Women need to stop waiting or expecting to be asked and they need to start asking and demanding – equal pay, respect, better positions, board seats, opportunities, etc… Even with our conference we occasionally receive feedback about not having asked someone to speak or a perceived lack of diversity in our speakers. We work very hard to identify speakers and to promote diversity, but we need more women to help us by raising their hands and submitting to our, and other conference, calls for speaking proposals. Don’t buy into the “if I just work hard and keep my head down, I’ll be recognized” mentality. That is not how it works. Work hard yes, but also work to be recognized. Own the responsibility for that. And be willing to make a change if a particular environment is not working for you. There are more tech jobs than there are technologists so take a stand for your worth.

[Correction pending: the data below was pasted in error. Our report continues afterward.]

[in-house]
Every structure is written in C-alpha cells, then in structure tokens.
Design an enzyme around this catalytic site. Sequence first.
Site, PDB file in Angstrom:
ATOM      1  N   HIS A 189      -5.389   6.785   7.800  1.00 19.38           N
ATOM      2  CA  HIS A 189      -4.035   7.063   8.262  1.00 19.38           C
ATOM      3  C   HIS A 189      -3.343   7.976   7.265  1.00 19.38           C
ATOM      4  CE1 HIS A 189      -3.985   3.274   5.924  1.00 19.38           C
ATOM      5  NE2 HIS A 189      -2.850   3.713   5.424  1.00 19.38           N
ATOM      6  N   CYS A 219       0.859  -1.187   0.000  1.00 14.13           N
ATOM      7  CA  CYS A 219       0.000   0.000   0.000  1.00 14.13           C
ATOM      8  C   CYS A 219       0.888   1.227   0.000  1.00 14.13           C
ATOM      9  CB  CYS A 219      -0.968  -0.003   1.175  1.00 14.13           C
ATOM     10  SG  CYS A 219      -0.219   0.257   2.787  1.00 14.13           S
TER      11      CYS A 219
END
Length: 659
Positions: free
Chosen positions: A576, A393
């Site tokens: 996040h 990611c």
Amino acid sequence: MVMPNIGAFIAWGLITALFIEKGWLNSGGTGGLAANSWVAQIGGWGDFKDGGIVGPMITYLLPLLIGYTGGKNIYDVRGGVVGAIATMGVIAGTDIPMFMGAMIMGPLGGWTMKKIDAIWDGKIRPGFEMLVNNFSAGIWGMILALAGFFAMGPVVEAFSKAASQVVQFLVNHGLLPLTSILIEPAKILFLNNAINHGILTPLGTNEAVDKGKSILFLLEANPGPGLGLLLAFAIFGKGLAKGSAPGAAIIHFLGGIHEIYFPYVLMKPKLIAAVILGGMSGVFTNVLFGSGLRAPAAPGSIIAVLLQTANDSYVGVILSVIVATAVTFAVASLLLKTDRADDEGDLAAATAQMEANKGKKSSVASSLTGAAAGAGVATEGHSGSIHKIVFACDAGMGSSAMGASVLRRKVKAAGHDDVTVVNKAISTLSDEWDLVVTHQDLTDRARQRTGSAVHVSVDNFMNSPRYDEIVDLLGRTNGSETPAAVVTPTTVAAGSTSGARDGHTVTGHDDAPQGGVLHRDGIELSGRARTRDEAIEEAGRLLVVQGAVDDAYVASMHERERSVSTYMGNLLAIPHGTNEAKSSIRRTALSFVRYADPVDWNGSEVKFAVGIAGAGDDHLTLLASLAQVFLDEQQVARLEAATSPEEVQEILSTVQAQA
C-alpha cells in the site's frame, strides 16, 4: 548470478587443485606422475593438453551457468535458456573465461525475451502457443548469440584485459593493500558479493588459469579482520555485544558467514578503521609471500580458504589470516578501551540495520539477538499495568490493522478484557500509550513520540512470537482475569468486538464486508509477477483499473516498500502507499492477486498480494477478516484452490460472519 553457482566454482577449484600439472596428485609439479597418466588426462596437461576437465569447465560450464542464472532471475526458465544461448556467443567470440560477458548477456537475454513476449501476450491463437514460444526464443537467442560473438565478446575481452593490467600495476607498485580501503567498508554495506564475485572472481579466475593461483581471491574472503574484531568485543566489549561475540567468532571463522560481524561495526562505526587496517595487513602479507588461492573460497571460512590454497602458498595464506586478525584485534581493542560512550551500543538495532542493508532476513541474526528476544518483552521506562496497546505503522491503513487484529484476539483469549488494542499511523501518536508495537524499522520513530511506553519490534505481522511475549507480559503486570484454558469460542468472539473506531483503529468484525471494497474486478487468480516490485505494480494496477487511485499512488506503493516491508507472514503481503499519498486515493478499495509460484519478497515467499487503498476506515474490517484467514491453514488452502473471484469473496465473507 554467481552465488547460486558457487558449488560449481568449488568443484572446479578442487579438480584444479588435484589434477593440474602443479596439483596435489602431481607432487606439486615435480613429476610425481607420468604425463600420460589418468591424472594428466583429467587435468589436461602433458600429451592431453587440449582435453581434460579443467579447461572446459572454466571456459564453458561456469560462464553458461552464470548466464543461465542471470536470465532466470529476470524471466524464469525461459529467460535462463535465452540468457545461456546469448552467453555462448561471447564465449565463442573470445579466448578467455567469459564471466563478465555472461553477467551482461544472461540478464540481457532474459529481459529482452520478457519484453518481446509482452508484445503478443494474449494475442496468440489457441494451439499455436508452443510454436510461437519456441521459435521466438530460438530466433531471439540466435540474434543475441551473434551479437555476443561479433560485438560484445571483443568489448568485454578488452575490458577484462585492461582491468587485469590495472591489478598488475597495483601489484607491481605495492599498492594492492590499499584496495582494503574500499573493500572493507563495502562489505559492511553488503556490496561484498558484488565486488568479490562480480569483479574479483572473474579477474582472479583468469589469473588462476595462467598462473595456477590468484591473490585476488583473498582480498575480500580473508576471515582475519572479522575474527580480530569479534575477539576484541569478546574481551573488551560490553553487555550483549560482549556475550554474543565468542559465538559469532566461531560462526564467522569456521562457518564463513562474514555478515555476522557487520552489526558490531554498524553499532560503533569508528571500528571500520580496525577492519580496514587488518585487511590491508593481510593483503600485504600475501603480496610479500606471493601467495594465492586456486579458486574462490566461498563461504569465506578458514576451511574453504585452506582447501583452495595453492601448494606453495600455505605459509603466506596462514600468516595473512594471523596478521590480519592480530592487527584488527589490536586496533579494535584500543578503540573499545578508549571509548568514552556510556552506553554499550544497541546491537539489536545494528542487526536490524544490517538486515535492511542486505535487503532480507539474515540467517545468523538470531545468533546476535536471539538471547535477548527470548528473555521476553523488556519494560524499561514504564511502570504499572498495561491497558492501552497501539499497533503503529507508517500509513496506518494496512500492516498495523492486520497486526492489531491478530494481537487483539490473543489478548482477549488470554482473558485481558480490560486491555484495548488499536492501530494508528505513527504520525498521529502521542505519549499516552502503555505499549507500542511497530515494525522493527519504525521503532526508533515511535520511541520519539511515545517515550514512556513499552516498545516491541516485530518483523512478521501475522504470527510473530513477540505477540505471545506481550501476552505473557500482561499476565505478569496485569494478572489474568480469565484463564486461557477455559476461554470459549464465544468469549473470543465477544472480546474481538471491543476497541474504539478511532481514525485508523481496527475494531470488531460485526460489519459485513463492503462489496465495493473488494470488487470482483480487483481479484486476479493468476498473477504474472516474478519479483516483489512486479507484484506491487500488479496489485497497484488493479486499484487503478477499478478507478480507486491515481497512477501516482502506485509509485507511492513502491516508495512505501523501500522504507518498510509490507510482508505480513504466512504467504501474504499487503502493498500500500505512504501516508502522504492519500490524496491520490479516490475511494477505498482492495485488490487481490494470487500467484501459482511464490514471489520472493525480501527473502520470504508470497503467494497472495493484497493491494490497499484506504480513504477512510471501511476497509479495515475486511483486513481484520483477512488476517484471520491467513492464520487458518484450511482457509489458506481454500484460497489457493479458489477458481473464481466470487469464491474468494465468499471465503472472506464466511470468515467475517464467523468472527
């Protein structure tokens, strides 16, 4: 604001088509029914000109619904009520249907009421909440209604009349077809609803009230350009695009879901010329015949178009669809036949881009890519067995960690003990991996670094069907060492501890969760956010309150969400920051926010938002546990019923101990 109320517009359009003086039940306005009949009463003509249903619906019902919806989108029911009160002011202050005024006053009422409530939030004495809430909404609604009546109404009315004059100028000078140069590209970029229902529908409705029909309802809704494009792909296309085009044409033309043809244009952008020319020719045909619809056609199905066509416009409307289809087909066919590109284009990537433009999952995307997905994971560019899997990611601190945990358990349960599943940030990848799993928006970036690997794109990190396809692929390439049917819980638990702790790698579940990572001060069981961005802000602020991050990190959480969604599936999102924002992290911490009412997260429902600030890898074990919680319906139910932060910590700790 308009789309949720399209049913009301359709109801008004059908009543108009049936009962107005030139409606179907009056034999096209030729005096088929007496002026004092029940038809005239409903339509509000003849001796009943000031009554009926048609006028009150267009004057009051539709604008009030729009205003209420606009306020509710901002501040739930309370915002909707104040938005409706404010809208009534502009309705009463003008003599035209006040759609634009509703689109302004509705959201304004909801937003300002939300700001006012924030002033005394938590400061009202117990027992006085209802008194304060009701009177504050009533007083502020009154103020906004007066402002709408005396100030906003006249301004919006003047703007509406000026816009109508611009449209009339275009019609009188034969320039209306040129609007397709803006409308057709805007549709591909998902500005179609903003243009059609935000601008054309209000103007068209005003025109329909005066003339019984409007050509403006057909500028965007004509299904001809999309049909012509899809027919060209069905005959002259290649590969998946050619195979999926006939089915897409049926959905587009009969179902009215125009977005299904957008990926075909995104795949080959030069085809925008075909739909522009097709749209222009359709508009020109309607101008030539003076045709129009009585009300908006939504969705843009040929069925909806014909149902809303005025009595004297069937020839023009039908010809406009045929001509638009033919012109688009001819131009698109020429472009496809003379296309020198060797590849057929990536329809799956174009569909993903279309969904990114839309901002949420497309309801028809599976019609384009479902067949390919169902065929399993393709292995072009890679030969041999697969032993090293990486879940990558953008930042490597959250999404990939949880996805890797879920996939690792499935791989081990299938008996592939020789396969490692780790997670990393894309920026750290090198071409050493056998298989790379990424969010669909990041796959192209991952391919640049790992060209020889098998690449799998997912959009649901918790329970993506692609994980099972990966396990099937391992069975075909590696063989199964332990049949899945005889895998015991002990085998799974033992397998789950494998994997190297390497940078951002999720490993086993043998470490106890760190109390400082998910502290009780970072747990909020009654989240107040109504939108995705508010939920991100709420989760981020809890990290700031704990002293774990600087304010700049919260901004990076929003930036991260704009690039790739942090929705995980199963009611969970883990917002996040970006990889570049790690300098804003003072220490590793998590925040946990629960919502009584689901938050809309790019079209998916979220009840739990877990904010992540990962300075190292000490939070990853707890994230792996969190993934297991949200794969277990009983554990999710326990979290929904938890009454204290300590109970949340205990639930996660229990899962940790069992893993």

The changes and the ripple effects these actions will make are some of the biggest contributions the current crop of women in tech can make for future generations.
Q: With all the current talk about the “bro-culture” in Silicon Valley, what role does leadership play?
Rick Harris: Any time something bad happens inside an organization, you can usually trace the cause back to the leadership. I’m sure that holds true for the emergence of the bro culture. However, in my experience most co-founders do not set out to create a culture where some people are bullied by others or where people with more power feel they have the right to extract sexual favors from people with lesser power.